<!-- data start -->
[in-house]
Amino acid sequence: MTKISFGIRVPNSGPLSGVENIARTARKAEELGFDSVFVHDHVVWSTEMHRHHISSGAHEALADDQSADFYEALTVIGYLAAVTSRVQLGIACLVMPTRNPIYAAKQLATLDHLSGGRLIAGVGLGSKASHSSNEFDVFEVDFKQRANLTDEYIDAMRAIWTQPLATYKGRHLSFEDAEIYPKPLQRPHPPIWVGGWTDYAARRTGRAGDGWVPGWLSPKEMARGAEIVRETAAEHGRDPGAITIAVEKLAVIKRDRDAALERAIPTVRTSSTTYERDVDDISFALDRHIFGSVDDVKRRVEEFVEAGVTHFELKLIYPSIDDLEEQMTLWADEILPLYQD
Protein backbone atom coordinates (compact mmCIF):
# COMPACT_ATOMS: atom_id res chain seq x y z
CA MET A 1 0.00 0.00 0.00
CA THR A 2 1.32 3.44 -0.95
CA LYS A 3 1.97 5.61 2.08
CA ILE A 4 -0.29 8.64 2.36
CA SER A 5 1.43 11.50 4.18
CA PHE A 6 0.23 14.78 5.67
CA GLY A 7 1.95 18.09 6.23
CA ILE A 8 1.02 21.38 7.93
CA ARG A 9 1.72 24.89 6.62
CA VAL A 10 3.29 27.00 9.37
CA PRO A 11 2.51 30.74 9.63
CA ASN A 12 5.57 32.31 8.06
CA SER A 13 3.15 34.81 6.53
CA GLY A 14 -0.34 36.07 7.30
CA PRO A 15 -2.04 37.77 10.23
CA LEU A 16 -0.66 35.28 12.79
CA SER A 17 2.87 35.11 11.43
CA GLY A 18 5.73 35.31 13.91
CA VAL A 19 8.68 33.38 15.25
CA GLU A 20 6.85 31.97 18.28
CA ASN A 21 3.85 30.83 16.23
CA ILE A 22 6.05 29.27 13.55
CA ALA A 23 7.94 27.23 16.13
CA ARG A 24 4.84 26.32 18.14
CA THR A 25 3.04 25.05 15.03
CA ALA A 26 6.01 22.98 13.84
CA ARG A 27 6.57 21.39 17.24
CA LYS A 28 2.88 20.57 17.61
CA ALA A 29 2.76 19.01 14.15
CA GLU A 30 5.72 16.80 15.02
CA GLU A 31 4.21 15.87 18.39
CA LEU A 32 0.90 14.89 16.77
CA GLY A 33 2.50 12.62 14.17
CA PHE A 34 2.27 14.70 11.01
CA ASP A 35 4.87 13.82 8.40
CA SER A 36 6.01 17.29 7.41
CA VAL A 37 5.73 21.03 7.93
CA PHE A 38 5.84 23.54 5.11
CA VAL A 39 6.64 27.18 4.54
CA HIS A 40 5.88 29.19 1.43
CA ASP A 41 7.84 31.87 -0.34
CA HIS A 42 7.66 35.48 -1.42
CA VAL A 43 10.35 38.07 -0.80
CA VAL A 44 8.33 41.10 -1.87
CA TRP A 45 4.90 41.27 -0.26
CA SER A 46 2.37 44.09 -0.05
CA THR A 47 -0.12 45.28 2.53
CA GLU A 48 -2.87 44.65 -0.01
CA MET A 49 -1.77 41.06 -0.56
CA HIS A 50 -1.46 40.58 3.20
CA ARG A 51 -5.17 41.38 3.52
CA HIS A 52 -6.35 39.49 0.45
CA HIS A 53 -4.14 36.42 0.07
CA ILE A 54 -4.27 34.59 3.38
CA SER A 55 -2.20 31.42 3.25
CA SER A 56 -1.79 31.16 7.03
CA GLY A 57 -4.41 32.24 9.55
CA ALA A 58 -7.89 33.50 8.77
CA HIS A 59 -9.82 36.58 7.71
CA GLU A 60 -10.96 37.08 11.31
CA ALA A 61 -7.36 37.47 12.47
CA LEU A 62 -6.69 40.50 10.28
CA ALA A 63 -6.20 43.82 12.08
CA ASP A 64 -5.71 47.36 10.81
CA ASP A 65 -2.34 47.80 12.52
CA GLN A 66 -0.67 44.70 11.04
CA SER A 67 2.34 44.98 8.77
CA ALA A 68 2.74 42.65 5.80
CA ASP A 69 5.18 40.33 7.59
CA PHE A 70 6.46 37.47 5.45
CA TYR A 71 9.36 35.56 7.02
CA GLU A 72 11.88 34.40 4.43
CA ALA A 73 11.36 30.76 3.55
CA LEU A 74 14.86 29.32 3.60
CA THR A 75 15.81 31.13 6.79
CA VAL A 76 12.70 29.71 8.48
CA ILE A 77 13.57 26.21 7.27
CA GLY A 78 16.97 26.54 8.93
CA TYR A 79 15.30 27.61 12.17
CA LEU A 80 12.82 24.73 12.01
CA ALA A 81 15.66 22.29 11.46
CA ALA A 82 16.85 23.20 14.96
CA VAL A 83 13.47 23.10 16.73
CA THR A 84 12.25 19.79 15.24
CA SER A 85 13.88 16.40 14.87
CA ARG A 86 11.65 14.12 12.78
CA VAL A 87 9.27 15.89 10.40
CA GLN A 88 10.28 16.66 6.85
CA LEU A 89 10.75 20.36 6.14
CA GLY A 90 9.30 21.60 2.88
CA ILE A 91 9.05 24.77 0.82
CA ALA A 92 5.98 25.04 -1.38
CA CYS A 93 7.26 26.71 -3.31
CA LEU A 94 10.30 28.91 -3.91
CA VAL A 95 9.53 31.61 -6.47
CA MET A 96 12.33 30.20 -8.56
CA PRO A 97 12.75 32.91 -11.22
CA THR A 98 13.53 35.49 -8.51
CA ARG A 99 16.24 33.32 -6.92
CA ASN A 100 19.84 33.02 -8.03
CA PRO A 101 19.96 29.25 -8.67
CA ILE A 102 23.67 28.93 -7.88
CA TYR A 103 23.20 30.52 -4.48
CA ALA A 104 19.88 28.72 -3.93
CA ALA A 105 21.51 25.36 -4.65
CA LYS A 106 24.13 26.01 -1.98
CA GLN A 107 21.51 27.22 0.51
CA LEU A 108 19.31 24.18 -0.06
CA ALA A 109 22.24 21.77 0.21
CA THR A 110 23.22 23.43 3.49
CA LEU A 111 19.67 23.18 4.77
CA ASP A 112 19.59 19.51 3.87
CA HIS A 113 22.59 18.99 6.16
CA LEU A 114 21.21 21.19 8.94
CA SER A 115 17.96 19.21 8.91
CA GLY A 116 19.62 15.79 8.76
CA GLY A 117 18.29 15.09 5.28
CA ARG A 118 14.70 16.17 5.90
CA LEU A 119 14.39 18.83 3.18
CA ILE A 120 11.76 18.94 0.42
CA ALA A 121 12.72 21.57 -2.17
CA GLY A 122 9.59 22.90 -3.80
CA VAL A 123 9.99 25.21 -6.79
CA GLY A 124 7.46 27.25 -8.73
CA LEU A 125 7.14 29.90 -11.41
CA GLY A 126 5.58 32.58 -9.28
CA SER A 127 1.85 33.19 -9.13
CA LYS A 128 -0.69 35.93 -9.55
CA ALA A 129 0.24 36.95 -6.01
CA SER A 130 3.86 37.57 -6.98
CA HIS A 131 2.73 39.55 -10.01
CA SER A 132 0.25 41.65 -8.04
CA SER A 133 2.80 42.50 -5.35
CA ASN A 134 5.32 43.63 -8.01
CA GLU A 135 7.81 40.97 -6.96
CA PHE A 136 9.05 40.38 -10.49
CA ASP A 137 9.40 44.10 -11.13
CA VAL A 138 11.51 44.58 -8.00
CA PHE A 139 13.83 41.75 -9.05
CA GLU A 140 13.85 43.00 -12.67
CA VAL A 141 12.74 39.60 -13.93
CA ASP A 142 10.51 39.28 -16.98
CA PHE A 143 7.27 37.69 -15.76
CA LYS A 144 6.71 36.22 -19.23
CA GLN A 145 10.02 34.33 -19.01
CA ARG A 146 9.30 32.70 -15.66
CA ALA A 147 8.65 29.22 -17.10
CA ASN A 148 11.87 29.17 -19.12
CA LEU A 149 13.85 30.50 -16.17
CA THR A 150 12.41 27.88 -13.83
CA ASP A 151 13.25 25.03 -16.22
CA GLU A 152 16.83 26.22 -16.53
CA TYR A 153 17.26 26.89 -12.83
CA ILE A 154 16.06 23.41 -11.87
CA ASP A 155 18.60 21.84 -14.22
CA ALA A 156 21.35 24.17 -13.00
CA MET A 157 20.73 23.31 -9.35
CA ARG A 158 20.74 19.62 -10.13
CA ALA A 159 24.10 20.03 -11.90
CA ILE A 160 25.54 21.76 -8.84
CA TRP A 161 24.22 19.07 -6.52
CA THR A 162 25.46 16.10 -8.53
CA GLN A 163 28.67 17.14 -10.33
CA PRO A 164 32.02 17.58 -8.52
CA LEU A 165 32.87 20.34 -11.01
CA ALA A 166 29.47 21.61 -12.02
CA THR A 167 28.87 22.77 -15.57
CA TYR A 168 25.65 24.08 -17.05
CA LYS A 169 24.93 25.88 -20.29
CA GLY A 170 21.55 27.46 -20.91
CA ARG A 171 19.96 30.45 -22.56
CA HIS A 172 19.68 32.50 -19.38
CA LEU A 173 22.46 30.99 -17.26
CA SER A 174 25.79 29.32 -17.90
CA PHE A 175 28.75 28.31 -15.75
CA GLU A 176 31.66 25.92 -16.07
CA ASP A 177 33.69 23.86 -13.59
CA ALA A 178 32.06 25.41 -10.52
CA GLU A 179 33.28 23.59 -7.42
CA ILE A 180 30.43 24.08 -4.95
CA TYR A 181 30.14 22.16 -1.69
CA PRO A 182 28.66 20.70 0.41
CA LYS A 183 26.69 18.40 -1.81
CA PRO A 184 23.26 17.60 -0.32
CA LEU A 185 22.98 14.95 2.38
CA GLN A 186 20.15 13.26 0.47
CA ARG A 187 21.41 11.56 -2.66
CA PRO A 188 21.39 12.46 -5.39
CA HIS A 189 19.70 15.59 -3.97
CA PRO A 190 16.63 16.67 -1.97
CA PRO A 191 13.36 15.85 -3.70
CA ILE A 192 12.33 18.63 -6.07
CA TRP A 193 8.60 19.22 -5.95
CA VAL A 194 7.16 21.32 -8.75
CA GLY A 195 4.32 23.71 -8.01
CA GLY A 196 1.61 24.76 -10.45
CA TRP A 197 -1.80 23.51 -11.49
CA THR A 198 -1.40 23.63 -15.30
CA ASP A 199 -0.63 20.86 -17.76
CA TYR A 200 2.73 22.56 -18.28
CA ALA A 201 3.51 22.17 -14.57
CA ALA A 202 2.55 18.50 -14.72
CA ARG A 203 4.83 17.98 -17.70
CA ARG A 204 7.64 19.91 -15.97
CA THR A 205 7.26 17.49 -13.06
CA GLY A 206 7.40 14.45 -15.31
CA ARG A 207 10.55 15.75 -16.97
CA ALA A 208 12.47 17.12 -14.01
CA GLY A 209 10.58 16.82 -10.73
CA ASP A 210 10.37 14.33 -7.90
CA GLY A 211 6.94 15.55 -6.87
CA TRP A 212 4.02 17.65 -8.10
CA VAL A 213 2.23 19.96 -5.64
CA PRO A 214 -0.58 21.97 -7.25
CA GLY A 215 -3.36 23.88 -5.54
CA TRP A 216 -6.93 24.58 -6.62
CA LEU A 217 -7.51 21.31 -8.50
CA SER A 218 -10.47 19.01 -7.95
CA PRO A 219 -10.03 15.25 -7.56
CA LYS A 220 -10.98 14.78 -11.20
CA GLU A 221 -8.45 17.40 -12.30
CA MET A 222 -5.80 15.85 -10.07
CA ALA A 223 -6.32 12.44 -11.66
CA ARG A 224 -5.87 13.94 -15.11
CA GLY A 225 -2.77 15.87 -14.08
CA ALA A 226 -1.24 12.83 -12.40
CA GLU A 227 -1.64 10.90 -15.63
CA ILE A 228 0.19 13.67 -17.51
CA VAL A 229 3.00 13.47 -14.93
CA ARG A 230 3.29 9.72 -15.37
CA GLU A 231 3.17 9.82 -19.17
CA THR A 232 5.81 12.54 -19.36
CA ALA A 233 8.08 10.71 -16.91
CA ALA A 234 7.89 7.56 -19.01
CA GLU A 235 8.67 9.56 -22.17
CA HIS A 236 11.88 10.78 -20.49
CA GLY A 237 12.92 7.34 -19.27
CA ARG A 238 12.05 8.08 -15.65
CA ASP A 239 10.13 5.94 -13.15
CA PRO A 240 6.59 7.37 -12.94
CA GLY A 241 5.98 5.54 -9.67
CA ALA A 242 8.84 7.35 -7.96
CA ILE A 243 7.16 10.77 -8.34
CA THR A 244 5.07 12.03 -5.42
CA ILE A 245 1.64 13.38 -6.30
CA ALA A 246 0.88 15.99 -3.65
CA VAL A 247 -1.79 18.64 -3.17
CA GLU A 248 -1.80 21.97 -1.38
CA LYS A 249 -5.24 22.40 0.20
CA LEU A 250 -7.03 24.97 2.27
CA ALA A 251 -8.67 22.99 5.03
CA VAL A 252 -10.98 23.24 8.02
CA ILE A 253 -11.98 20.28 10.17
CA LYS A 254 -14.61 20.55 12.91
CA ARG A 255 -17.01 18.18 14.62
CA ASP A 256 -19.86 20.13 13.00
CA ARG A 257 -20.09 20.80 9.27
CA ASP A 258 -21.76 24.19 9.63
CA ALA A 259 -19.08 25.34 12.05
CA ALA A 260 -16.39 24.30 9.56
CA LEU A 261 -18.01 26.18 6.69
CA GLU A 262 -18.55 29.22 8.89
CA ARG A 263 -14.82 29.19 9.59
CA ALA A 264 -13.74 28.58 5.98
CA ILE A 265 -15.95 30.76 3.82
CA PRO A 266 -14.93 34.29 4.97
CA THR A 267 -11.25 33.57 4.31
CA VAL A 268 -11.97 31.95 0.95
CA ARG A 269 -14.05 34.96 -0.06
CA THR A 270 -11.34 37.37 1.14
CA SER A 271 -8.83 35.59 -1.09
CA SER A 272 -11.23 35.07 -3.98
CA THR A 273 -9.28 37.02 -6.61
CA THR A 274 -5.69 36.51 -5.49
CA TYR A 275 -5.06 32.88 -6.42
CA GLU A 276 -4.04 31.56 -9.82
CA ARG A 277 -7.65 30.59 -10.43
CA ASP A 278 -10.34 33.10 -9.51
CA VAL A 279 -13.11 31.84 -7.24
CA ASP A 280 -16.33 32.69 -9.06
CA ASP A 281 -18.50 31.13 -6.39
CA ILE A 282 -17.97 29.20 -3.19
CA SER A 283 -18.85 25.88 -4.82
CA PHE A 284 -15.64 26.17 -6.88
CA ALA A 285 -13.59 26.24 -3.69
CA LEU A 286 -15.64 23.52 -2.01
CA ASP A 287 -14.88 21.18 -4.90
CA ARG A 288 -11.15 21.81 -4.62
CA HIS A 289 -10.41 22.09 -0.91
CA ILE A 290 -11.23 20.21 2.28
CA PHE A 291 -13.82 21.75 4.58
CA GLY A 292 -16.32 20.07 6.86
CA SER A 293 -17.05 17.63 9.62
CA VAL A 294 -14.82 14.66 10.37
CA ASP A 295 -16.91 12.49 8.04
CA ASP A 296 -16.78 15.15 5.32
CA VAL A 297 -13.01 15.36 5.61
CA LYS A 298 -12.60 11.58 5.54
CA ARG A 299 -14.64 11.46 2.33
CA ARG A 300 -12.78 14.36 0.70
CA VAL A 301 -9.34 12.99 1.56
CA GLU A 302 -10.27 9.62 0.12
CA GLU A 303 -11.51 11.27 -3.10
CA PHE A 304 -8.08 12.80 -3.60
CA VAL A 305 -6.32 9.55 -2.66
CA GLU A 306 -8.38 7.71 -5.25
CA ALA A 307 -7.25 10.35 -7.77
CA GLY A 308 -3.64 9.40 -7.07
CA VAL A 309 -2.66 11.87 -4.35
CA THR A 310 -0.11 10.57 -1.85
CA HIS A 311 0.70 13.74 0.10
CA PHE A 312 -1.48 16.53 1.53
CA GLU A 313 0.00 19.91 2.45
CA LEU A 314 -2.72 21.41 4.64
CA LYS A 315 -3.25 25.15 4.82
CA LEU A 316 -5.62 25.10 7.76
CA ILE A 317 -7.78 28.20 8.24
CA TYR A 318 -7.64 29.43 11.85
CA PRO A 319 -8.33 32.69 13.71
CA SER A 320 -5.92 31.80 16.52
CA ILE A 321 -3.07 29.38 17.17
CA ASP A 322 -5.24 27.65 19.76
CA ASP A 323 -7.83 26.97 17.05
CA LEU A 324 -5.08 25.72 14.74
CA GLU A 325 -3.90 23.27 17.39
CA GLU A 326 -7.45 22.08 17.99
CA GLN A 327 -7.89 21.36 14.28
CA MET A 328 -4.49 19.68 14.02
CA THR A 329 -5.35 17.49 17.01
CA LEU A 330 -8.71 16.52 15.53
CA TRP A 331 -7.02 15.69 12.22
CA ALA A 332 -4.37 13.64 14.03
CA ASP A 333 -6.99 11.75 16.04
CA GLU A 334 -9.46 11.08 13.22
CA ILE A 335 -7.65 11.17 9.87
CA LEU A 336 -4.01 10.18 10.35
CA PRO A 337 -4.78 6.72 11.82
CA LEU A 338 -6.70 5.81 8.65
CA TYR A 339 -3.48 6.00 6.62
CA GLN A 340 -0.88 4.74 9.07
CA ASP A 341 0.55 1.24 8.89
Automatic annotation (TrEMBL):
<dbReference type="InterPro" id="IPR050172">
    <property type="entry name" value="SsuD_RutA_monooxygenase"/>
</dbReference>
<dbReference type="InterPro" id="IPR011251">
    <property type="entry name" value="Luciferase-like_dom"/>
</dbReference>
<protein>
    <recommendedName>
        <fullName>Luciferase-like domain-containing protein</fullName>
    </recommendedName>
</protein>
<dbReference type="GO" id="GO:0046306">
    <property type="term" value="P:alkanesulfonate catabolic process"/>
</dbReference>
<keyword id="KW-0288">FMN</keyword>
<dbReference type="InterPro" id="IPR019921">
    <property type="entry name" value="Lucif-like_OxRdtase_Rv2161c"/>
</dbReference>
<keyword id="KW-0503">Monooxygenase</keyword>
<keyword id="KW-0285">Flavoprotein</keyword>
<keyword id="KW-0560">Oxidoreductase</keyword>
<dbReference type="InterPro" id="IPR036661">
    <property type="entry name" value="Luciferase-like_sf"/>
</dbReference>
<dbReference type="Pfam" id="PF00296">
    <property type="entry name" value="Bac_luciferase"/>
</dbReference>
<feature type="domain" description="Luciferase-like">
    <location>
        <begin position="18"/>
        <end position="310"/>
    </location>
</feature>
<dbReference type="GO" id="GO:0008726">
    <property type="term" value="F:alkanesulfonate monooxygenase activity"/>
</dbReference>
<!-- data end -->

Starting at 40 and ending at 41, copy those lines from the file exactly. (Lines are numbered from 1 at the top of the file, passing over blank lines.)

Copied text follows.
CA SER A 36 6.01 17.29 7.41
CA VAL A 37 5.73 21.03 7.93